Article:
T500FC, 472nd: Chatroom (Hideo Nakata, 2010)


You’ve probably heard the name of the film’s director, Hideo Nakata; he jump started the Asian horror cinema back in the late nineties. He gave us the Ring series (Ring, Ring 2, The Ring Two) and the liquid horror, Dark Water. And if you are a Death Note fan, you are probably aware of his 2008 film, L: Change The World. Now, we have Ch@troom, a film based on a screenplay and this film also premiered in the recent Cannes festival. So, we have here a Japanese filmmaker trying to do something Western; let us check this one out.

The film, basically, is an outlook of, or what the director sees it, how people interact in chat rooms in the Internet. Some scenes provide you with the actual chat client using the computer while most of the scenes just give you a room of people who are represented by their counterparts in real life. Meaning, you won’t just see scrolling texts, ala chat room, but you’d actually see the people who are using it, as if they are really talking in real life. Sans the chat room, chat mates push the other chat mates to do something bad, in which it pursues until somebody gets hurt.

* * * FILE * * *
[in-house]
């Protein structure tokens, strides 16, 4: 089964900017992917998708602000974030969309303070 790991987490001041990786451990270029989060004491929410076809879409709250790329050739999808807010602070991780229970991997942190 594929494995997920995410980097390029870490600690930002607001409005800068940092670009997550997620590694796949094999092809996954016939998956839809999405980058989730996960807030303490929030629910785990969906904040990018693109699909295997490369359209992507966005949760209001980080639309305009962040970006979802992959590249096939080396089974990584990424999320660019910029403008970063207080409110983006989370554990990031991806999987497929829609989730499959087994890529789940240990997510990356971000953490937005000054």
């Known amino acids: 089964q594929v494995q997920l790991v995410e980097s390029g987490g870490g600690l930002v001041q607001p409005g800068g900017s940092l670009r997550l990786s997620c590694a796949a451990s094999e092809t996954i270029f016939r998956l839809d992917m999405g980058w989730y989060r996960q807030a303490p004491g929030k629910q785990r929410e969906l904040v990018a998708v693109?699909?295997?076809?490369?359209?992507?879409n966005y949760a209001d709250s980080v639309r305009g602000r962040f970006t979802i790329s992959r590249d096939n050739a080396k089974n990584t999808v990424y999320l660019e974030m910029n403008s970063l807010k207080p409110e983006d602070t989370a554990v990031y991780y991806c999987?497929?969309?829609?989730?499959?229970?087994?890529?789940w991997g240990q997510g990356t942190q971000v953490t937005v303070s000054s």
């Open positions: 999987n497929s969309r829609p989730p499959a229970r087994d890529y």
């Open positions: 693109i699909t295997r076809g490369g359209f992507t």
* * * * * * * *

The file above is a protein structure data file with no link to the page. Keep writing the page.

I’d like to say that the idea and the premise of this film look outstanding from the outside. I mean, with what we have today, we are practically looking for newer things we could listen or watch, even if we get the same point and logic over and over again. If I remember correctly, I saw Internet related films such as Summer Wars and Metanoia RPG. It speaks of the same language and this film is just on the level of the human touch, as opposed to just computer graphics or animation.

Now, the thing is, this one could’ve been available five to eight years ago. I started using the chat clients way back 1997. And it was funny that someone as hip as Hideo would come up with something that looks old. If he came out with this idea ten years ago, it would’ve been an eye-opener even if he used Asian actors. And now, it matters since it feels like most of the effort has been wasted and they could’ve shown something else, at least.

The narration of the story is quite wishy-washy. It was lost in a lot of levels and highlighting a few wasn’t that impressive, even the climax was just meh; as I’d rather watch something from the nineties such as the Three Ninjas rather than this.

I’d like to give this a chance though. I mean, when I was writing this article, I tried to come up with a film that has this exact same concept. I just wish, and if in case, someone else would want to do this kind of film, make it, at least, memorable for the viewer. Sometimes we just don’t want to waste our time on films that wouldn’t make a change or at least enjoy, so to say.


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